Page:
Tuesday 8.11 | 8 Days a Week | Indy Week

Ye Olde Archives » 8 Days a Week

Tuesday 8.11

Richard Bacchus
  • Richard Bacchus

Parnin-palooza: Richard Bacchus and the Luckiest Girls, Dirty Little Heaters, Left Outlet

The Pour House—It's a smorgasbord of rocking rumble. Left Outlet ply noisy, hip-shaking post-punk whose ringing guitar distortion brushes against bluesy grooves. It's simultaneously foot-tapping and odd. The Heaters' muscular garage-blues bluster rips more than David Banner's pants, but there's nothing green about their sound. Former D Generation guitarist Richard Bacchus mines a similar punk-fueled clamor with a ragged, tuneful, leather-jacketed strut that all but broadcasts cool. Elvisfest founder Dave Quick fronts crackling old-school rockers The Poonhounds. Free rumble at 9 p.m. —Chris Parker

Denise Giardina

Quail Ridge Books & MusicWuthering Heights, one of the greatest English novels of the 19th century, depicts a stormy love affair among the moors, with all the gothic hallmarks of the Romantic genre (violence! forced marriage! ghosts!). After writing a string of novels set in locales from medieval England to Nazi Germany, author Denise Giardina decided to try her hand at depicting England at the time Emily Brontë wrote her sole novel. "I immersed myself in the culture of the time, the literature, the music, the economic and political situation," Giardina said of her novel Emily's Ghost: A Novel of the Brontë Sisters in a recent telephone interview. She succeeds. In Giardina's rendering, Yorkshire's moors come alive for Emily Brontë, as they later would for the fictional Catherine and Heathcliff. The book's main concern is Brontë's relationship with curate William Weightman. "He was the only man outside her family that Emily grew close to," Giardina said. Asked why she wrote about Emily rather than her sister-authors Charlotte or Anne, Giardina said, "I find Emily to be by far the most interesting. I was interested in her independence, her disinterest in traditional marriage and Charlotte's declaration that freedom was important to Emily above all else." The event is sure to intrigue literature and history buffs alike. For more information, visit www.quailridgebooks.booksense.com. —Sarah Ewald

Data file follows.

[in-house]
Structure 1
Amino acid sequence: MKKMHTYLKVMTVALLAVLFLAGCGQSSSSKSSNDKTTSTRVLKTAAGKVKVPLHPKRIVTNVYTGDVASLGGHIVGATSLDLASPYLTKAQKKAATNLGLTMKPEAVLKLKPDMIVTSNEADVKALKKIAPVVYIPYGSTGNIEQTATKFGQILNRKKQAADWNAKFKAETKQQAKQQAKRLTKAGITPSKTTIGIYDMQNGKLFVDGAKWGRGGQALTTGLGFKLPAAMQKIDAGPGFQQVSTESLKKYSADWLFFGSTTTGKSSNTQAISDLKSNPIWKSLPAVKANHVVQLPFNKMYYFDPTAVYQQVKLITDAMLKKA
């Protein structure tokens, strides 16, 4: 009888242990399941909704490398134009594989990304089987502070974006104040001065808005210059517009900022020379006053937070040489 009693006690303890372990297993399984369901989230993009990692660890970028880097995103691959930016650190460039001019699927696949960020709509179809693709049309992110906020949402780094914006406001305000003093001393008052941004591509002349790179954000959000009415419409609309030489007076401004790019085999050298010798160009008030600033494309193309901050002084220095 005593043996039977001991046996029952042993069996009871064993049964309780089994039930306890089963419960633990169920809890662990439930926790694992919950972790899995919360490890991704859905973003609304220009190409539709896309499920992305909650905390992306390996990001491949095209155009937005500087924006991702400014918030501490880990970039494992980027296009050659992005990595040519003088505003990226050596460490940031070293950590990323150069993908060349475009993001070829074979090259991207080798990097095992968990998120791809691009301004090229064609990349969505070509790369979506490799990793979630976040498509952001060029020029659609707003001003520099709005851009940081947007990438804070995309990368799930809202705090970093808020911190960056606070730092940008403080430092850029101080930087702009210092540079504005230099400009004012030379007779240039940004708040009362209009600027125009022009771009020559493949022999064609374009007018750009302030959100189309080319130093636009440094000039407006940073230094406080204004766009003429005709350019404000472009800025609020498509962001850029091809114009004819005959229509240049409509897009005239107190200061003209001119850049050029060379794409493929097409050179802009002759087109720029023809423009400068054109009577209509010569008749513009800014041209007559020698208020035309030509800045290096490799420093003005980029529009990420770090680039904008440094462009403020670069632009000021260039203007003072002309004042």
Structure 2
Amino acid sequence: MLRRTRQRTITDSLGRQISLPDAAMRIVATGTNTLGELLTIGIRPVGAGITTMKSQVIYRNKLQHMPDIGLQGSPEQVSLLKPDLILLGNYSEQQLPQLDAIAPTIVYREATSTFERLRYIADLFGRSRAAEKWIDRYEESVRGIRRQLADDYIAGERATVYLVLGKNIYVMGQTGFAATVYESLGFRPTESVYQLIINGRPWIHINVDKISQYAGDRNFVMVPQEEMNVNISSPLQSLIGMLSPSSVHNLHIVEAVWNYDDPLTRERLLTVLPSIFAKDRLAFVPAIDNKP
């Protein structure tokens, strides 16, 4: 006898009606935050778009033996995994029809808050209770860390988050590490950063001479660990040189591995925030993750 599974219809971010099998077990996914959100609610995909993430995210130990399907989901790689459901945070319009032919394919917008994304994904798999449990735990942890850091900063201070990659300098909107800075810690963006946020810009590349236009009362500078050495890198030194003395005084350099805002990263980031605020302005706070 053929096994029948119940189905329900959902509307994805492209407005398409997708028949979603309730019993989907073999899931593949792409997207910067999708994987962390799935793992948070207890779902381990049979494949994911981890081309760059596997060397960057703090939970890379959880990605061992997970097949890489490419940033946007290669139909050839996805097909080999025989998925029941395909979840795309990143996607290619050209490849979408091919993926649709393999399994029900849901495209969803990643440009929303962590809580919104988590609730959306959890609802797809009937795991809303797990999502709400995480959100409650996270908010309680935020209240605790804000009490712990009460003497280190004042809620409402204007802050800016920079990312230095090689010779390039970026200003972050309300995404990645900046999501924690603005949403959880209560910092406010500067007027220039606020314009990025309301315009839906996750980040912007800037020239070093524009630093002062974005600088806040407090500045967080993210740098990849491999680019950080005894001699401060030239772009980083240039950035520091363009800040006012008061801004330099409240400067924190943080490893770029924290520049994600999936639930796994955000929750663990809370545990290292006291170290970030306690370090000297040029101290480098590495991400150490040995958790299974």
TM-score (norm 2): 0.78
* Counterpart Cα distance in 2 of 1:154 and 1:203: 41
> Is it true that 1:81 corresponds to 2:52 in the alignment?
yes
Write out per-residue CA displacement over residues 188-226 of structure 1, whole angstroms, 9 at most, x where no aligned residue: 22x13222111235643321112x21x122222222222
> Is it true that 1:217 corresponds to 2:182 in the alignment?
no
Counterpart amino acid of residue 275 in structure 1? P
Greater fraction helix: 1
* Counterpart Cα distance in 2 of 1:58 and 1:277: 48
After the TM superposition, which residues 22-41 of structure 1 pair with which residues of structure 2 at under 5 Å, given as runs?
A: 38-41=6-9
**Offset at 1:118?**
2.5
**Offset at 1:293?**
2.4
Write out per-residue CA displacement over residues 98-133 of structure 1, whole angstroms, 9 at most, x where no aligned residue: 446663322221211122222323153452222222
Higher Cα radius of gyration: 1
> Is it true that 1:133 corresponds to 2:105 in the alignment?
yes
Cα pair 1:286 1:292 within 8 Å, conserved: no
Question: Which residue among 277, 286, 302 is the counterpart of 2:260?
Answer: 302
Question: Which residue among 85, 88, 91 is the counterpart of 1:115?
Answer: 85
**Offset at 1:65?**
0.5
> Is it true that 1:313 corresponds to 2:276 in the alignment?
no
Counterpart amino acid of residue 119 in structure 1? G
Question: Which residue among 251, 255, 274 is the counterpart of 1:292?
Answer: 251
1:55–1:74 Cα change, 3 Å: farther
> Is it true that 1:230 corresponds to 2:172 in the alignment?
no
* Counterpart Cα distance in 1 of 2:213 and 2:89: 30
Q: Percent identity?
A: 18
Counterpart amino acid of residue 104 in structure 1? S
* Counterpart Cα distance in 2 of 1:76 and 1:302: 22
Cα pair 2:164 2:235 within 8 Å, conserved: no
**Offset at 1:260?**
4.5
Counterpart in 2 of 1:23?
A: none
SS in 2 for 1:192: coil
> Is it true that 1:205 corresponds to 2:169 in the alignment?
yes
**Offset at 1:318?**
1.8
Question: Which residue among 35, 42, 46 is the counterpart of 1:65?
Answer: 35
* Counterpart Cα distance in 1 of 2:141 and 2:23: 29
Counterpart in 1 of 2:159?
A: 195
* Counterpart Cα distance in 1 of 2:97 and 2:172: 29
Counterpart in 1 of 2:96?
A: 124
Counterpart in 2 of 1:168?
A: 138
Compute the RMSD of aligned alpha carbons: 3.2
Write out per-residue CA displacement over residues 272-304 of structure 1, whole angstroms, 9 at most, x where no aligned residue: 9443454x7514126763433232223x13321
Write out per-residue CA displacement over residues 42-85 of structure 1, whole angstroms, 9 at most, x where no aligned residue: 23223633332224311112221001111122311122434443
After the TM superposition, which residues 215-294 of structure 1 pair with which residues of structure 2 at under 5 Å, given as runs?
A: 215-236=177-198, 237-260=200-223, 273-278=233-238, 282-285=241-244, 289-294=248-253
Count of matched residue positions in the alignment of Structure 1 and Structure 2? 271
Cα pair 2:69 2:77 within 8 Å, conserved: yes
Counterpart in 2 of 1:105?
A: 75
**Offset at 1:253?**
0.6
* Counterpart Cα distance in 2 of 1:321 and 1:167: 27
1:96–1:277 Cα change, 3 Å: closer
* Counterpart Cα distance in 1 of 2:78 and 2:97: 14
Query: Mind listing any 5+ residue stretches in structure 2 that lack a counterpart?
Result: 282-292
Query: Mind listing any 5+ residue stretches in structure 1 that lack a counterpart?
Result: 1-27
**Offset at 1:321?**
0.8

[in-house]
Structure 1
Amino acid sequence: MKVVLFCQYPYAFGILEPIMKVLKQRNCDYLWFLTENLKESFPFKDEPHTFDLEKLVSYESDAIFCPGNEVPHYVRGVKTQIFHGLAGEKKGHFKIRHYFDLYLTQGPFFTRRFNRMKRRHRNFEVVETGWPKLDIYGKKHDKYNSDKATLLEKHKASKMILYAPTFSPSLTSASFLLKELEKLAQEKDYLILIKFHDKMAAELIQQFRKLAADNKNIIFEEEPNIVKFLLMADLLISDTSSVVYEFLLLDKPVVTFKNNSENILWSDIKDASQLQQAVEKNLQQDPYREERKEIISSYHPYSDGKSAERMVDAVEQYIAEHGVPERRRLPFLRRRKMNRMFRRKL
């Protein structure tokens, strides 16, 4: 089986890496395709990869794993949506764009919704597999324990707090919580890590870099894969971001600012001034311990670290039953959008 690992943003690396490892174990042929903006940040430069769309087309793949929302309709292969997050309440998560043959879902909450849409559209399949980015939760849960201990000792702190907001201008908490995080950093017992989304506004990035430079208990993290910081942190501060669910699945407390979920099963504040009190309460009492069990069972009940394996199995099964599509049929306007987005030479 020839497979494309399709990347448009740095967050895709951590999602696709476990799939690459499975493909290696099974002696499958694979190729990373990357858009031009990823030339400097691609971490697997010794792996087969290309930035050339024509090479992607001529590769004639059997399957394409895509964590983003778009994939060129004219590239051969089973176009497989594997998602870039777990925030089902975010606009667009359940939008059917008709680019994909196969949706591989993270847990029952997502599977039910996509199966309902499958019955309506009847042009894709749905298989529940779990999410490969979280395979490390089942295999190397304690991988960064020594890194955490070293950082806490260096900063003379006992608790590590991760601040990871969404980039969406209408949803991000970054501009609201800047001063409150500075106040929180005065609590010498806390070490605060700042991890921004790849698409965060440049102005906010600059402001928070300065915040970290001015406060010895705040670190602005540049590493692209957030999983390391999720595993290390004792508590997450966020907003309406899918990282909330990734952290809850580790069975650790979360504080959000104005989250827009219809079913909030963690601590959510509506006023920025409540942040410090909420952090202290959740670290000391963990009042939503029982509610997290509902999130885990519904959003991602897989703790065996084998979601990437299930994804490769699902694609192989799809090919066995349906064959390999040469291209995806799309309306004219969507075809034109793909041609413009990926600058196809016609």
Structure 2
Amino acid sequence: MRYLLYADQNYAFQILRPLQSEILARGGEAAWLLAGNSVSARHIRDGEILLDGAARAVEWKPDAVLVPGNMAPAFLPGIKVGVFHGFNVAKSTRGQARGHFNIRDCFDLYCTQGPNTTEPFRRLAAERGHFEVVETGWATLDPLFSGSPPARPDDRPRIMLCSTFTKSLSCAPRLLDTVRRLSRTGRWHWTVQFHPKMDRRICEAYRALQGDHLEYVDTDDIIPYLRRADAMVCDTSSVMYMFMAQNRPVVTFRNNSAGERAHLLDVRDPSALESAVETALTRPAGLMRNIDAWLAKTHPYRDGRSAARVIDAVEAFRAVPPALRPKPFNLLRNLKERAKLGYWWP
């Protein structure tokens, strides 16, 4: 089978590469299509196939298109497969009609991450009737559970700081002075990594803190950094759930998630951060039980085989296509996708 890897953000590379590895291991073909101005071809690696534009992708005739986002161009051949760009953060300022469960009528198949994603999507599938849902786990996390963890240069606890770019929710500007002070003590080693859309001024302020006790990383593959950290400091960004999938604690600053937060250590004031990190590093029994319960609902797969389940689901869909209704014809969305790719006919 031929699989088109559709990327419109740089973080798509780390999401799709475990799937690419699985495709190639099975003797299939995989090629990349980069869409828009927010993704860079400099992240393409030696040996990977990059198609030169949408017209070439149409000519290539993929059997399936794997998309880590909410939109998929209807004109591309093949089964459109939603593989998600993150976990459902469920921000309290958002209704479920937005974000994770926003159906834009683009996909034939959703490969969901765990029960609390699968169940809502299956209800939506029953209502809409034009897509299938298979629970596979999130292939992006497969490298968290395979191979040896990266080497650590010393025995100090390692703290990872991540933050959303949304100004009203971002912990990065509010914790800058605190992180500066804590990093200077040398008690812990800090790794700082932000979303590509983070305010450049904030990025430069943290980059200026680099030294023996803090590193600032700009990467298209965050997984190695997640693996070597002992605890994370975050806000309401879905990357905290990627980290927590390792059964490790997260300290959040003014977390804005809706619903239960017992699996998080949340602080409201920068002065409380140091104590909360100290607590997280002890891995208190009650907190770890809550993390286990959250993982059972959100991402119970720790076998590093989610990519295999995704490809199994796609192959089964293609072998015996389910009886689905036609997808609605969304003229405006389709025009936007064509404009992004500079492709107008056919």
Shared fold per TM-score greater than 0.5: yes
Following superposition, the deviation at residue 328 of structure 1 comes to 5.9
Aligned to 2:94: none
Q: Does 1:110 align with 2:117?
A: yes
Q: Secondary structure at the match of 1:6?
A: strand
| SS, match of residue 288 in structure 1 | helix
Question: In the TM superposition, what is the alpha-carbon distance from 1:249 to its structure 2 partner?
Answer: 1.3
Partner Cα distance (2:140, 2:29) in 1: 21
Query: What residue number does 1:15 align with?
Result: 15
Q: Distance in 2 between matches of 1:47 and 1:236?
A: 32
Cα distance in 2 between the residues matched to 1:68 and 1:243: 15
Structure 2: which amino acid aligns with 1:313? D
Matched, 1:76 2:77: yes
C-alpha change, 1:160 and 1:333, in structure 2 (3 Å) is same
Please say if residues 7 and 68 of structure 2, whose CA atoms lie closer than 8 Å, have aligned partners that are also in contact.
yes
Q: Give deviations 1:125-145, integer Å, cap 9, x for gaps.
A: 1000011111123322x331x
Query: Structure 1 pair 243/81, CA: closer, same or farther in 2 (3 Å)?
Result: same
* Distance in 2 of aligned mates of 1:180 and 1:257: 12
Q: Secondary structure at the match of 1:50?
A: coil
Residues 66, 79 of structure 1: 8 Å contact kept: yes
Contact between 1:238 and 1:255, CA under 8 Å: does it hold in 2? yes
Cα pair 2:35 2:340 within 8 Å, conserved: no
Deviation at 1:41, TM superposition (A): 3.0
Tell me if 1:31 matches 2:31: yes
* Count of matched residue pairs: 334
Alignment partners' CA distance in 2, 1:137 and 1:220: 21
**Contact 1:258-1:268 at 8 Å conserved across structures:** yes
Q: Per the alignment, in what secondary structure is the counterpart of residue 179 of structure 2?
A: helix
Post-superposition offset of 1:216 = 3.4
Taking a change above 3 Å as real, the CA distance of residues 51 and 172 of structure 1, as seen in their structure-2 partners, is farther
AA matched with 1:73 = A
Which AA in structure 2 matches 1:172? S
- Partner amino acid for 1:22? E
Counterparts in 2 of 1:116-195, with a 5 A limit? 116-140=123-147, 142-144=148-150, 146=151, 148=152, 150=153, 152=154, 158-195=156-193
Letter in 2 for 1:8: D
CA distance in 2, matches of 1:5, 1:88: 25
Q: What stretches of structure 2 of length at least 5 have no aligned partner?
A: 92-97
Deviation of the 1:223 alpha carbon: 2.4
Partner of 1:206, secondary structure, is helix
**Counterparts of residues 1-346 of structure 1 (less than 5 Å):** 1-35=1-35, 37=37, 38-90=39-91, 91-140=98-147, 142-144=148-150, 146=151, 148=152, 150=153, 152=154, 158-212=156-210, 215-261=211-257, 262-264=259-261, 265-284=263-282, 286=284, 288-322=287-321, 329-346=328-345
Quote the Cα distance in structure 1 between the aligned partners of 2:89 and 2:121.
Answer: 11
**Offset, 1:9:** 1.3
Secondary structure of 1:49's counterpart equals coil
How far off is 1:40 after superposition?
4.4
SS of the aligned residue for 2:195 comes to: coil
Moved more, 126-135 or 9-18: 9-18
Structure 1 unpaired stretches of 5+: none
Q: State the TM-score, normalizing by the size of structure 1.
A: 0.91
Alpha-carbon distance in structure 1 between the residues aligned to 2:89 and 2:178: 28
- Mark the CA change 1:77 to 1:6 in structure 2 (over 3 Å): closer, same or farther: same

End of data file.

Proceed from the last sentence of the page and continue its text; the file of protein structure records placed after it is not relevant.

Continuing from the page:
Add a comment